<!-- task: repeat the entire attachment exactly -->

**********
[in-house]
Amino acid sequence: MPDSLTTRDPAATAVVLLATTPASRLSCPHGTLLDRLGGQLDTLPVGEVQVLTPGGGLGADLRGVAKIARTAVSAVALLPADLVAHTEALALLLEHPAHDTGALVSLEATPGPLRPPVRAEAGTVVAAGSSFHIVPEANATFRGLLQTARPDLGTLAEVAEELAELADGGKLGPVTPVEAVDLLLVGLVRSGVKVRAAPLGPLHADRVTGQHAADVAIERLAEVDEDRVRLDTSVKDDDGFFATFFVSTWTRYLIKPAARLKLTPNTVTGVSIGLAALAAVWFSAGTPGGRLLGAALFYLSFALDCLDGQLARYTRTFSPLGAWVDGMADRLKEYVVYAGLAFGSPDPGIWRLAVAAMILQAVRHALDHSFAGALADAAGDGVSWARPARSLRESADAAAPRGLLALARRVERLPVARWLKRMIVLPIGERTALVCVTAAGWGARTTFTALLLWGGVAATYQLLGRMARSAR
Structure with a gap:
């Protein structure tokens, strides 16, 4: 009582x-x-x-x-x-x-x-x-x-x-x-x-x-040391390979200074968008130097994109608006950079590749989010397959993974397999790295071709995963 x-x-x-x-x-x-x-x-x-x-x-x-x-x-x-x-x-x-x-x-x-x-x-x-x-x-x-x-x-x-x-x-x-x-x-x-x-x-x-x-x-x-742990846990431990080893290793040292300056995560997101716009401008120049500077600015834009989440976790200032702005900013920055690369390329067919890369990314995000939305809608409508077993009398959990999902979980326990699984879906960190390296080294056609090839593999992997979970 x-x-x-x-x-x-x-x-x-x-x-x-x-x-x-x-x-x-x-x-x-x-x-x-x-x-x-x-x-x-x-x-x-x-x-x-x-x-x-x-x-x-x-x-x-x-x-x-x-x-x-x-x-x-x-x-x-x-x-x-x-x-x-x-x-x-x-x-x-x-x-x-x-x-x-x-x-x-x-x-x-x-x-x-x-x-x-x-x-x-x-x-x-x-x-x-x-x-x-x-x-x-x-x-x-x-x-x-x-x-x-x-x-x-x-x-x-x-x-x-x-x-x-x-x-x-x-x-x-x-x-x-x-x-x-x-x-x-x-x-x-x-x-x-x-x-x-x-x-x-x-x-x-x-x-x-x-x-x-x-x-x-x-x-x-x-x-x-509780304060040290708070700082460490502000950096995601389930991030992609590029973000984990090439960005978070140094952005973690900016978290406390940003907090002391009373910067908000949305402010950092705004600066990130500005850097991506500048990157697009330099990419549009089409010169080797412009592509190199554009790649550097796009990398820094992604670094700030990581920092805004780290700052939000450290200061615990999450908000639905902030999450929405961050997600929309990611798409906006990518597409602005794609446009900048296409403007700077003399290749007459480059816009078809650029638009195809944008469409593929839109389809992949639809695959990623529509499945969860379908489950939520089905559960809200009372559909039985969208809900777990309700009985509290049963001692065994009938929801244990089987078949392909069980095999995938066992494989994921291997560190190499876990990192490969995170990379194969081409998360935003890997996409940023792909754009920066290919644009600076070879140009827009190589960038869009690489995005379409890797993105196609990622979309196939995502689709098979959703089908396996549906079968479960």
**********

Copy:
[in-house]
Amino acid sequence: MPDSLTTRDPAATAVVLLATTPASRLSCPHGTLLDRLGGQLDTLPVGEVQVLTPGGGLGADLRGVAKIARTAVSAVALLPADLVAHTEALALLLEHPAHDTGALVSLEATPGPLRPPVRAEAGTVVAAGSSFHIVPEANATFRGLLQTARPDLGTLAEVAEELAELADGGKLGPVTPVEAVDLLLVGLVRSGVKVRAAPLGPLHADRVTGQHAADVAIERLAEVDEDRVRLDTSVKDDDGFFATFFVSTWTRYLIKPAARLKLTPNTVTGVSIGLAALAAVWFSAGTPGGRLLGAALFYLSFALDCLDGQLARYTRTFSPLGAWVDGMADRLKEYVVYAGLAFGSPDPGIWRLAVAAMILQAVRHALDHSFAGALADAAGDGVSWARPARSLRESADAAAPRGLLALARRVERLPVARWLKRMIVLPIGERTALVCVTAAGWGARTTFTALLLWGGVAATYQLLGRMARSAR
Structure with a gap:
């Protein structure tokens, strides 16, 4: 009582x-x-x-x-x-x-x-x-x-x-x-x-x-040391390979200074968008130097994109608006950079590749989010397959993974397999790295071709995963 x-x-x-x-x-x-x-x-x-x-x-x-x-x-x-x-x-x-x-x-x-x-x-x-x-x-x-x-x-x-x-x-x-x-x-x-x-x-x-x-x-x-742990846990431990080893290793040292300056995560997101716009401008120049500077600015834009989440976790200032702005900013920055690369390329067919890369990314995000939305809608409508077993009398959990999902979980326990699984879906960190390296080294056609090839593999992997979970 x-x-x-x-x-x-x-x-x-x-x-x-x-x-x-x-x-x-x-x-x-x-x-x-x-x-x-x-x-x-x-x-x-x-x-x-x-x-x-x-x-x-x-x-x-x-x-x-x-x-x-x-x-x-x-x-x-x-x-x-x-x-x-x-x-x-x-x-x-x-x-x-x-x-x-x-x-x-x-x-x-x-x-x-x-x-x-x-x-x-x-x-x-x-x-x-x-x-x-x-x-x-x-x-x-x-x-x-x-x-x-x-x-x-x-x-x-x-x-x-x-x-x-x-x-x-x-x-x-x-x-x-x-x-x-x-x-x-x-x-x-x-x-x-x-x-x-x-x-x-x-x-x-x-x-x-x-x-x-x-x-x-x-x-x-x-x-x-509780304060040290708070700082460490502000950096995601389930991030992609590029973000984990090439960005978070140094952005973690900016978290406390940003907090002391009373910067908000949305402010950092705004600066990130500005850097991506500048990157697009330099990419549009089409010169080797412009592509190199554009790649550097796009990398820094992604670094700030990581920092805004780290700052939000450290200061615990999450908000639905902030999450929405961050997600929309990611798409906006990518597409602005794609446009900048296409403007700077003399290749007459480059816009078809650029638009195809944008469409593929839109389809992949639809695959990623529509499945969860379908489950939520089905559960809200009372559909039985969208809900777990309700009985509290049963001692065994009938929801244990089987078949392909069980095999995938066992494989994921291997560190190499876990990192490969995170990379194969081409998360935003890997996409940023792909754009920066290919644009600076070879140009827009190589960038869009690489995005379409890797993105196609990622979309196939995502689709098979959703089908396996549906079968479960």